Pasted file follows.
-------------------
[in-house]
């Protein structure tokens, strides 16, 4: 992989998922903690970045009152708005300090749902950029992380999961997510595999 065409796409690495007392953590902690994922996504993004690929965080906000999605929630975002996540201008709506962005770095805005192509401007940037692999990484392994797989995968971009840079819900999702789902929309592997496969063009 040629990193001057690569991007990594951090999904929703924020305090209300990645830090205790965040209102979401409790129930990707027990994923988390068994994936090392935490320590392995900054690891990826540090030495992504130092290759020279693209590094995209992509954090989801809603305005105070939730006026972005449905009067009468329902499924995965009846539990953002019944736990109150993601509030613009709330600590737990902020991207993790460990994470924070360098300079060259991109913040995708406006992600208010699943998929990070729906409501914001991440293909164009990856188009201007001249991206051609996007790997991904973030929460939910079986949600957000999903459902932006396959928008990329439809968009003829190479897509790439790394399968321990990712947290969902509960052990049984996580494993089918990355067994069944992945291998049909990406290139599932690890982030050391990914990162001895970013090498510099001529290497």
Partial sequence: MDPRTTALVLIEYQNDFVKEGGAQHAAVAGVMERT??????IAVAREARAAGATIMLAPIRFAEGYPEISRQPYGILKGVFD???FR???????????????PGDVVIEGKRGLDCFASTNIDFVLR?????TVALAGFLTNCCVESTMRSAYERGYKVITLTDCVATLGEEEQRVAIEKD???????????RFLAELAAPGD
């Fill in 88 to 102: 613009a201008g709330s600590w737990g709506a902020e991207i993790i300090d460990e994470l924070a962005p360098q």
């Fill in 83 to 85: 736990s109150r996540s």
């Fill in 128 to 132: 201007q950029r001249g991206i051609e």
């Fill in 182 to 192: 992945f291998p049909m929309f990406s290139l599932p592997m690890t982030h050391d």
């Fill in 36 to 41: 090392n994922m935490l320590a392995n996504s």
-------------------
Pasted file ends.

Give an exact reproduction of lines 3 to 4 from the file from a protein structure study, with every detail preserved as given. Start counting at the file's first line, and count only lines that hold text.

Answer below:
Partial sequence: MDPRTTALVLIEYQNDFVKEGGAQHAAVAGVMERT??????IAVAREARAAGATIMLAPIRFAEGYPEISRQPYGILKGVFD???FR???????????????PGDVVIEGKRGLDCFASTNIDFVLR?????TVALAGFLTNCCVESTMRSAYERGYKVITLTDCVATLGEEEQRVAIEKD???????????RFLAELAAPGD
């Fill in 88 to 102: 613009a201008g709330s600590w737990g709506a902020e991207i993790i300090d460990e994470l924070a962005p360098q």